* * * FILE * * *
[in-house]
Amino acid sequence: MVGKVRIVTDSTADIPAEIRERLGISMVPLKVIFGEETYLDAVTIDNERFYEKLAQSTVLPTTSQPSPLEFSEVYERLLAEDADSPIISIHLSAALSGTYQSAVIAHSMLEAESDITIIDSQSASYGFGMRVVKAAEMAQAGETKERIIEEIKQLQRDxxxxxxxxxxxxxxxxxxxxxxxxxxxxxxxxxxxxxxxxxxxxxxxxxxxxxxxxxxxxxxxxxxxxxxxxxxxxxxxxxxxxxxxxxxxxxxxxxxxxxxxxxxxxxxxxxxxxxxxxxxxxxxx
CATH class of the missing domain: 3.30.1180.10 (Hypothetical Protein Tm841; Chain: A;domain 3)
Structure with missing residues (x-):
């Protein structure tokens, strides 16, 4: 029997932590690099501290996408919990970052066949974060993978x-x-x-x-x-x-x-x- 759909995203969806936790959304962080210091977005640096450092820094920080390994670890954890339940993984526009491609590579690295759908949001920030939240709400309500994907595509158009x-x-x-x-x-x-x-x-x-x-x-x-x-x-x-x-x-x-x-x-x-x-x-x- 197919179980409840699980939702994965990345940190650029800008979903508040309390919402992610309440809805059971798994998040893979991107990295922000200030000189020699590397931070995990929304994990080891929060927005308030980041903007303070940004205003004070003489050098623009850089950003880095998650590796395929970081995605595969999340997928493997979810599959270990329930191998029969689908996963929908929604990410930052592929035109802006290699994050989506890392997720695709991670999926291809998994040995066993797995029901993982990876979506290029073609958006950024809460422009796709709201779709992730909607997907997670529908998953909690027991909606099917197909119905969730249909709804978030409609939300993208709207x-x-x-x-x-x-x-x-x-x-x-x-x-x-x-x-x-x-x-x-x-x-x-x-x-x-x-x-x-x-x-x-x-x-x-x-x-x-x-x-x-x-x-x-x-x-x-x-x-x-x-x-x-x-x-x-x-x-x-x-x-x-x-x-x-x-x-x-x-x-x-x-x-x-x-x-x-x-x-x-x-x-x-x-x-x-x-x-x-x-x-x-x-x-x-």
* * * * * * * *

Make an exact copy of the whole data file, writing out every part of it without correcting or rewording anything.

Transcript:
[in-house]
Amino acid sequence: MVGKVRIVTDSTADIPAEIRERLGISMVPLKVIFGEETYLDAVTIDNERFYEKLAQSTVLPTTSQPSPLEFSEVYERLLAEDADSPIISIHLSAALSGTYQSAVIAHSMLEAESDITIIDSQSASYGFGMRVVKAAEMAQAGETKERIIEEIKQLQRDxxxxxxxxxxxxxxxxxxxxxxxxxxxxxxxxxxxxxxxxxxxxxxxxxxxxxxxxxxxxxxxxxxxxxxxxxxxxxxxxxxxxxxxxxxxxxxxxxxxxxxxxxxxxxxxxxxxxxxxxxxxxxxx
CATH class of the missing domain: 3.30.1180.10 (Hypothetical Protein Tm841; Chain: A;domain 3)
Structure with missing residues (x-):
């Protein structure tokens, strides 16, 4: 029997932590690099501290996408919990970052066949974060993978x-x-x-x-x-x-x-x- 759909995203969806936790959304962080210091977005640096450092820094920080390994670890954890339940993984526009491609590579690295759908949001920030939240709400309500994907595509158009x-x-x-x-x-x-x-x-x-x-x-x-x-x-x-x-x-x-x-x-x-x-x-x- 197919179980409840699980939702994965990345940190650029800008979903508040309390919402992610309440809805059971798994998040893979991107990295922000200030000189020699590397931070995990929304994990080891929060927005308030980041903007303070940004205003004070003489050098623009850089950003880095998650590796395929970081995605595969999340997928493997979810599959270990329930191998029969689908996963929908929604990410930052592929035109802006290699994050989506890392997720695709991670999926291809998994040995066993797995029901993982990876979506290029073609958006950024809460422009796709709201779709992730909607997907997670529908998953909690027991909606099917197909119905969730249909709804978030409609939300993208709207x-x-x-x-x-x-x-x-x-x-x-x-x-x-x-x-x-x-x-x-x-x-x-x-x-x-x-x-x-x-x-x-x-x-x-x-x-x-x-x-x-x-x-x-x-x-x-x-x-x-x-x-x-x-x-x-x-x-x-x-x-x-x-x-x-x-x-x-x-x-x-x-x-x-x-x-x-x-x-x-x-x-x-x-x-x-x-x-x-x-x-x-x-x-x-």